Thursday, November 12, 2009

Devil May Care

The James Bond character has become an iconic part of Western culture. Invented by writer Ian Fleming in the heat of the Cold War, Bond was the quintessential British spy, fighting evil wherever it is found, using state-of-the-art gadgets created by the best technical minds in the service of good, doing it all with a flash and style that women swoon over and men strive to emulate. At least in the books his women swoon.

In those Cold War days there was a lot of fear, and readers of the Bond books could take comfort in knowing our side was doing what it could to save the world. These were the days of Spy vs. Spy comics in Mad magazine, and of fallout shelters in basements.

More than once over the years I've heard a speaker at a writers conference reference Ian Fleming as an example of how to make fiction come to life. Attention to detail is key.

My father, an avid reader, was himself a fan of the Bond series. Fleming was already internationally famous when John F. Kennedy stated that From Russia With Love was on the short list of his favorite books, which naturally put Fleming firmly on the map in this country.
When I was about fourteen my mom saw that I was reading From Russia With Love and she said, "Oh Eddie, you're not reading that, are you?" Around page 20 there was a scene with a tall blond Russian fellow, the arch-villain pathological killer, getting a back rub while lying naked beside a pool. She'd put the book down at that point and never picked it up. I, on the other, could not put the book down, but agreed to let her make an appeal to my dad who assented that the books were not salacious and I was "old enough."

Bond did bed his women, but Fleming spent more time building tension in his stories than getting male readers to drool to distraction.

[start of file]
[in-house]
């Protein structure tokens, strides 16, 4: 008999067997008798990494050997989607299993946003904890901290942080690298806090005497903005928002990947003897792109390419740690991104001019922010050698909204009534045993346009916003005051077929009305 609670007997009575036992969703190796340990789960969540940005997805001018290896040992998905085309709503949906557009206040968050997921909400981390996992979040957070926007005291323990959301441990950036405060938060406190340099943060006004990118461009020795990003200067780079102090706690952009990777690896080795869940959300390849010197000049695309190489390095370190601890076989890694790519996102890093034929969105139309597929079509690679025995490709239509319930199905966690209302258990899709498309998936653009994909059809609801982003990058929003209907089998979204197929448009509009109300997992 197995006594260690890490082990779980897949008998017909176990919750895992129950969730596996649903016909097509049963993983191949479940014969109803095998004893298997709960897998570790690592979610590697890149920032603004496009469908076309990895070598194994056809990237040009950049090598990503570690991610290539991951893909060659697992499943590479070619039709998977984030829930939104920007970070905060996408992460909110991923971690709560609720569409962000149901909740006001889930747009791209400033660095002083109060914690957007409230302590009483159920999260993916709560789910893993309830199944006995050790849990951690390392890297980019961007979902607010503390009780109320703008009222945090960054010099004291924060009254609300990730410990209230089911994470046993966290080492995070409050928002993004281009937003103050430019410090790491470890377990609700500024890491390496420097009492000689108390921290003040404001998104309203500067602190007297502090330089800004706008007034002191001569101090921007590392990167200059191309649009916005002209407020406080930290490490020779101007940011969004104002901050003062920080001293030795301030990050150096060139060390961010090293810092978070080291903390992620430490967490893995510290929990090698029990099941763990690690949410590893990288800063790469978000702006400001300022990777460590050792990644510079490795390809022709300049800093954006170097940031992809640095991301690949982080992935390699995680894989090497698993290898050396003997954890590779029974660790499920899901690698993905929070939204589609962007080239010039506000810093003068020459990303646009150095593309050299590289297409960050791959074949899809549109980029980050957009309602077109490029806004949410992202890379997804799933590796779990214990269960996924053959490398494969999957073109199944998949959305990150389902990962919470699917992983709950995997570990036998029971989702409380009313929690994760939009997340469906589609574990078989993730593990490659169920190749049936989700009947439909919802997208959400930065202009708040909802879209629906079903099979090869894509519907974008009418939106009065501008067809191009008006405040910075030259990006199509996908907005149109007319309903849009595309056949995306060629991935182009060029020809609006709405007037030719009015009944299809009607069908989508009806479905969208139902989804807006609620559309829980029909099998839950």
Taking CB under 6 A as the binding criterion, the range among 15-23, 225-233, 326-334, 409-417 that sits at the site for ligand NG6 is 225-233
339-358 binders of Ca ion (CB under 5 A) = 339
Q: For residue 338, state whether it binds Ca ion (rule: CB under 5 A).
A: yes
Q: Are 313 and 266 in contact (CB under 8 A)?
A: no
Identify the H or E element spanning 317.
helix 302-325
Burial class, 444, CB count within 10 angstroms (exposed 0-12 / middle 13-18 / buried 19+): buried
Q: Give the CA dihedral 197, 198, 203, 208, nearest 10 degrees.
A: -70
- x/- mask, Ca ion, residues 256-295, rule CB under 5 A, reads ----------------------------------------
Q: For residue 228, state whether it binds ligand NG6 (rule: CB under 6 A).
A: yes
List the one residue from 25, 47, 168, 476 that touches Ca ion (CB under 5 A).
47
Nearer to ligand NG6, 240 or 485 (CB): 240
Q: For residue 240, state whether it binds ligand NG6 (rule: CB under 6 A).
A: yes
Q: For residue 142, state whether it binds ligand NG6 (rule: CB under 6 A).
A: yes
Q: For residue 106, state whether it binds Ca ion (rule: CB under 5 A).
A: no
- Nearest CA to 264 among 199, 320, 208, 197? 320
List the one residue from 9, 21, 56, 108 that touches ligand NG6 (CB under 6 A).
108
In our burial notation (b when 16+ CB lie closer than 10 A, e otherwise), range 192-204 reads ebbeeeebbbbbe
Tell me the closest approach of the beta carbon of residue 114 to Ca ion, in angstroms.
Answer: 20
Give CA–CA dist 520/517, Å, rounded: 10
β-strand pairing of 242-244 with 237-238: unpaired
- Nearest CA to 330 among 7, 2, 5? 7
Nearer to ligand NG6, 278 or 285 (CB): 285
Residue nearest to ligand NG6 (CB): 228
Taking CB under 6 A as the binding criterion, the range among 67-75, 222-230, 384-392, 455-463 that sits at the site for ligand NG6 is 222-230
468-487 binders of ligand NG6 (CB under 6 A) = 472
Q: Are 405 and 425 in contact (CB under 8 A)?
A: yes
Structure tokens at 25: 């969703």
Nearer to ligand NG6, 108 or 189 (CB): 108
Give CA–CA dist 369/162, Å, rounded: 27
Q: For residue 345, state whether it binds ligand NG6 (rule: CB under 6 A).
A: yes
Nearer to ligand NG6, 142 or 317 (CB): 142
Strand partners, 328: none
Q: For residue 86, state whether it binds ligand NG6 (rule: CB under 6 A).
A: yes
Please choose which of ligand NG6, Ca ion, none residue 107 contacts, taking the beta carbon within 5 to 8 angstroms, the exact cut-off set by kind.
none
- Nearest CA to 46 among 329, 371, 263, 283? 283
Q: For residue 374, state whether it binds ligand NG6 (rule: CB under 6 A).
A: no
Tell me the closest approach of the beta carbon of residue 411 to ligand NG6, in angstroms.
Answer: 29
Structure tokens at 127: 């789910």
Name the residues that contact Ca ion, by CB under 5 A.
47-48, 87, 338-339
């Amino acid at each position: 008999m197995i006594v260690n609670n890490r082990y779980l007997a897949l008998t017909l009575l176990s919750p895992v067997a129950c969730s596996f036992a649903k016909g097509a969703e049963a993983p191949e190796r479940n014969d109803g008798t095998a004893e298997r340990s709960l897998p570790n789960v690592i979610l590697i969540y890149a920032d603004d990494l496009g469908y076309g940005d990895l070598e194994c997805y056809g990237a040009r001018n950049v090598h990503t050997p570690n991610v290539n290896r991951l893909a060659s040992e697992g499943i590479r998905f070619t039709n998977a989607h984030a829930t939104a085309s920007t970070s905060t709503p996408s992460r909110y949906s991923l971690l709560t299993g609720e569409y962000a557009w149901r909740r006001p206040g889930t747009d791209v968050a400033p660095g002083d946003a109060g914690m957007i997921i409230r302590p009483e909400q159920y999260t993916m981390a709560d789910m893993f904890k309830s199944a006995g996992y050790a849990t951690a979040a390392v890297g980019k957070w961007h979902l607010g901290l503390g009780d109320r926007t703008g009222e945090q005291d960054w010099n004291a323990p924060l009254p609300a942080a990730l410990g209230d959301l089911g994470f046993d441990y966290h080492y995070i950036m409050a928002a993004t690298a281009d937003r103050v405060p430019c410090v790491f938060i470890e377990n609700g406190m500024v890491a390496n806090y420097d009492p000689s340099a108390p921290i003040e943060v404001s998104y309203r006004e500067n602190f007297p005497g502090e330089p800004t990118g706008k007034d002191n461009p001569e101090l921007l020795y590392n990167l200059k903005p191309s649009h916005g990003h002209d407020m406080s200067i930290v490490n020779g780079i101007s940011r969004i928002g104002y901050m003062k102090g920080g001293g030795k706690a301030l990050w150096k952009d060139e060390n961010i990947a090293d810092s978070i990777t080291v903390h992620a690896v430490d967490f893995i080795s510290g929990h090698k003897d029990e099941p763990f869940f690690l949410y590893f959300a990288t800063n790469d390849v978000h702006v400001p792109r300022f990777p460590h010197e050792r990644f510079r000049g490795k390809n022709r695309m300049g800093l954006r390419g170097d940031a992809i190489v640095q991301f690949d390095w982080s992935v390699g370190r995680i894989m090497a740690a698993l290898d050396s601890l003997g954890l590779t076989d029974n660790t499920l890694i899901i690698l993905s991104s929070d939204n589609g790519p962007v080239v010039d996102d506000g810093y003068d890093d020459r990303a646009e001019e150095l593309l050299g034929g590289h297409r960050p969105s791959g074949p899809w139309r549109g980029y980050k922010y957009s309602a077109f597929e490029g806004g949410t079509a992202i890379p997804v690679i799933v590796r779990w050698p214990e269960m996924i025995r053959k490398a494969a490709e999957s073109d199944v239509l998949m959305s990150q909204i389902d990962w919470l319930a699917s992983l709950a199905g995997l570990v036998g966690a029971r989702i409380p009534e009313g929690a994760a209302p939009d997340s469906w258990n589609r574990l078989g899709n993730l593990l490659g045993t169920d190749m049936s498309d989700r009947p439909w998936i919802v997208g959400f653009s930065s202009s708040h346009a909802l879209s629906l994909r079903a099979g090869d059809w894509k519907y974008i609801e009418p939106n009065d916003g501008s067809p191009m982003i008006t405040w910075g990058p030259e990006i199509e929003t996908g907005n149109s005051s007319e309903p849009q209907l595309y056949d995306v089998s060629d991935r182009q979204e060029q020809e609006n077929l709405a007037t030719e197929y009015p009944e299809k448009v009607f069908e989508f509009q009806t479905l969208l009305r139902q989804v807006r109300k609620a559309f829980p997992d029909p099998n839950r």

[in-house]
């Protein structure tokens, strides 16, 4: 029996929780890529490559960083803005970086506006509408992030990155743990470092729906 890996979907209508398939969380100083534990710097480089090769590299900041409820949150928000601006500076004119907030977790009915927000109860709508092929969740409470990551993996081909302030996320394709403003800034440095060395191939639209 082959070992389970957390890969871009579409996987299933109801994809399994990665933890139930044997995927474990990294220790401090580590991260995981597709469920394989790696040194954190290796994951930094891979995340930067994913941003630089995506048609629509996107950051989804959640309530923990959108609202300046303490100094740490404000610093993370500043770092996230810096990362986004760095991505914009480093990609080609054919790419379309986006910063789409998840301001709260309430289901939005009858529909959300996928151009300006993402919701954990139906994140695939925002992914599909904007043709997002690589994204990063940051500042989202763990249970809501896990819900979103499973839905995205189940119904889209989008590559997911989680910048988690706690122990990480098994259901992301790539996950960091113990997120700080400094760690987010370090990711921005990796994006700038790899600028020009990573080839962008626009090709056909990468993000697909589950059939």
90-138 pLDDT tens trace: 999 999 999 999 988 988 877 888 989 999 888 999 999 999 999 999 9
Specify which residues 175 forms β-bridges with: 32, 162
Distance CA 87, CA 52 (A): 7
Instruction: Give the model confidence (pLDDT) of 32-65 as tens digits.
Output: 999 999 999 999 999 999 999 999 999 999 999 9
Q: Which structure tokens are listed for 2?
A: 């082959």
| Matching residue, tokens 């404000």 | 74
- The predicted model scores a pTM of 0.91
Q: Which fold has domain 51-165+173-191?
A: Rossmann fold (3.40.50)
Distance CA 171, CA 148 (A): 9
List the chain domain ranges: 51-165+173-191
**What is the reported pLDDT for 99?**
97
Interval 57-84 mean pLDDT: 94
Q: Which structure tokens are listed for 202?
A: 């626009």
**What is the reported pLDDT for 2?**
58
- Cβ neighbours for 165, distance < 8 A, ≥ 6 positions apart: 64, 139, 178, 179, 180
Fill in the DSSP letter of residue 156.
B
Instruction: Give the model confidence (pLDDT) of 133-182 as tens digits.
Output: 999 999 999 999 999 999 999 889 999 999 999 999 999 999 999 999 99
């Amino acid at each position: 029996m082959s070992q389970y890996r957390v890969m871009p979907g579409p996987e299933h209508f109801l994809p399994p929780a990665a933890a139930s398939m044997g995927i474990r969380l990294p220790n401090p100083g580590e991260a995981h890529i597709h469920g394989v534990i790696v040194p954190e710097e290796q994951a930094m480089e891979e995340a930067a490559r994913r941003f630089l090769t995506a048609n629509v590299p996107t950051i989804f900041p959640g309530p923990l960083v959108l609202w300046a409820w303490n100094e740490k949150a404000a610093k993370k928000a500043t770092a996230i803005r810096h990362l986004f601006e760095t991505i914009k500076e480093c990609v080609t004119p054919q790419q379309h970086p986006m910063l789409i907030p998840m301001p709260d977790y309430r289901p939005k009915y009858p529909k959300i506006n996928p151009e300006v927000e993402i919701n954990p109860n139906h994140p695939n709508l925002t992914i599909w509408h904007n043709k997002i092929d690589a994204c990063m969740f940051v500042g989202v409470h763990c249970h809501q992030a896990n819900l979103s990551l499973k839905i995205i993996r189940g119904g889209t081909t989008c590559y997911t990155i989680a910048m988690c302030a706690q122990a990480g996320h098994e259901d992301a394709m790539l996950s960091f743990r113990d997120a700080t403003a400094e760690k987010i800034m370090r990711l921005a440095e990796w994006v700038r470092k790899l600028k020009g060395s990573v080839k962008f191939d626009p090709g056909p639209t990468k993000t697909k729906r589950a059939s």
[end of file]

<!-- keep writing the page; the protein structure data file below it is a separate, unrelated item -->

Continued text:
I bring all this up because another Bond novel was released last year on the 100th anniversary of Fleming's birthday. This book, Devil May Care by Sebastian Faulks, is a very good read. I've not looked at a Bond book since high school (and I read every one of them that dad had available -- Goldfinger, Diamonds Are Forever, Moonraker, Dr. No, For Your Eyes Only, The Spy Who Loved Me, etc.) Faulks doesn't tinker with the style or create new characters. This is James Bond, and M and Miss Moneypenny, and those really evil, wholly dedicated bad guys.

A few critics call Faulks' book a joke because it is simply a parody of what a Bond book would be. But to some extent you could say the same about Fleming's later Bond books, and certainly many of the films were, well, knock-offs made for the fun of it. If you keep this perspective, Devil May Care is a fun read.

While talking spy stuff, I will put in a plug here for the International Spy Museum in Washington D.C. Spies and spying are as old as the days of Moses, actually. Remember when Israel, wandering in the wilderness for forty years, sent twelve spies into Canaan to check out the situation there? The Revolutionary War had its share of spy business, as did the Civil War, and every conflict since. If you have kids, and enough time, be sure to add the International Spy Museum to your list of things to see and do in D.C. on your next visit.

NOTE: I created the image at the top of the page by placing my pallet face down on a large sheet of paper at the end of a painting session. As I looked at the result it seemed to me that there was a figure of oo7 crouched forward in the upper left quadrant of the picture. Can you see him? The piece is titled Spy vs. Spy.

2 comments:

Christella said...

Yes, I do see him. Nice job.

ENNYMAN said...

Yes, pretty funny, eh?